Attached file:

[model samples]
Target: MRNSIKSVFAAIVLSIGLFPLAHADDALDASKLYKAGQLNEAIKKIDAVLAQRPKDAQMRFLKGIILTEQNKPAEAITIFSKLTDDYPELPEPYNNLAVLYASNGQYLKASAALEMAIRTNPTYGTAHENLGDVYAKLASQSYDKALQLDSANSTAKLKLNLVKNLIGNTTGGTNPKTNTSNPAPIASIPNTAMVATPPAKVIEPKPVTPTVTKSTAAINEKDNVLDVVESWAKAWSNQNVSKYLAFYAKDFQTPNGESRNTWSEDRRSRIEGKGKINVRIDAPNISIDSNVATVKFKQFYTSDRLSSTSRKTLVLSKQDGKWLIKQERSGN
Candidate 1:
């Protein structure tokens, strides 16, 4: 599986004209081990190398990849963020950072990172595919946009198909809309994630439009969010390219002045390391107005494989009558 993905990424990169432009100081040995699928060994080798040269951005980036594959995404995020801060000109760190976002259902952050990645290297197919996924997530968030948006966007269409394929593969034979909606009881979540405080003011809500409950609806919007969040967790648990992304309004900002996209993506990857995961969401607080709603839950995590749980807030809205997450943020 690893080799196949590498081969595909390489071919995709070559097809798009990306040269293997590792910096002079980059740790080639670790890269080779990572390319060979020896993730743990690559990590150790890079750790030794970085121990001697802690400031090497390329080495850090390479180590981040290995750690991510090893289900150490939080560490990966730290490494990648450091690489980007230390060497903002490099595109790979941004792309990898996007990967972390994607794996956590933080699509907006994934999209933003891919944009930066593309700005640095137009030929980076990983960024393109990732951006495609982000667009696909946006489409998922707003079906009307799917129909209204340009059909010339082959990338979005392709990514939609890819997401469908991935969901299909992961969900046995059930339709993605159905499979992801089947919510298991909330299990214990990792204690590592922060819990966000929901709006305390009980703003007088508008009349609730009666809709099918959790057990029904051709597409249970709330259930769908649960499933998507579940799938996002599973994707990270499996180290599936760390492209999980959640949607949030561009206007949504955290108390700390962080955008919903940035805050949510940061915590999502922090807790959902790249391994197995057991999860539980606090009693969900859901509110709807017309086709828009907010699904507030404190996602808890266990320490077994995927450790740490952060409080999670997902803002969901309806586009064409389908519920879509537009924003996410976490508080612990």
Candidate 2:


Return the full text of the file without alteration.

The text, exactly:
[model samples]
Target: MRNSIKSVFAAIVLSIGLFPLAHADDALDASKLYKAGQLNEAIKKIDAVLAQRPKDAQMRFLKGIILTEQNKPAEAITIFSKLTDDYPELPEPYNNLAVLYASNGQYLKASAALEMAIRTNPTYGTAHENLGDVYAKLASQSYDKALQLDSANSTAKLKLNLVKNLIGNTTGGTNPKTNTSNPAPIASIPNTAMVATPPAKVIEPKPVTPTVTKSTAAINEKDNVLDVVESWAKAWSNQNVSKYLAFYAKDFQTPNGESRNTWSEDRRSRIEGKGKINVRIDAPNISIDSNVATVKFKQFYTSDRLSSTSRKTLVLSKQDGKWLIKQERSGN
Candidate 1:
């Protein structure tokens, strides 16, 4: 599986004209081990190398990849963020950072990172595919946009198909809309994630439009969010390219002045390391107005494989009558 993905990424990169432009100081040995699928060994080798040269951005980036594959995404995020801060000109760190976002259902952050990645290297197919996924997530968030948006966007269409394929593969034979909606009881979540405080003011809500409950609806919007969040967790648990992304309004900002996209993506990857995961969401607080709603839950995590749980807030809205997450943020 690893080799196949590498081969595909390489071919995709070559097809798009990306040269293997590792910096002079980059740790080639670790890269080779990572390319060979020896993730743990690559990590150790890079750790030794970085121990001697802690400031090497390329080495850090390479180590981040290995750690991510090893289900150490939080560490990966730290490494990648450091690489980007230390060497903002490099595109790979941004792309990898996007990967972390994607794996956590933080699509907006994934999209933003891919944009930066593309700005640095137009030929980076990983960024393109990732951006495609982000667009696909946006489409998922707003079906009307799917129909209204340009059909010339082959990338979005392709990514939609890819997401469908991935969901299909992961969900046995059930339709993605159905499979992801089947919510298991909330299990214990990792204690590592922060819990966000929901709006305390009980703003007088508008009349609730009666809709099918959790057990029904051709597409249970709330259930769908649960499933998507579940799938996002599973994707990270499996180290599936760390492209999980959640949607949030561009206007949504955290108390700390962080955008919903940035805050949510940061915590999502922090807790959902790249391994197995057991999860539980606090009693969900859901509110709807017309086709828009907010699904507030404190996602808890266990320490077994995927450790740490952060409080999670997902803002969901309806586009064409389908519920879509537009924003996410976490508080612990």
Candidate 2: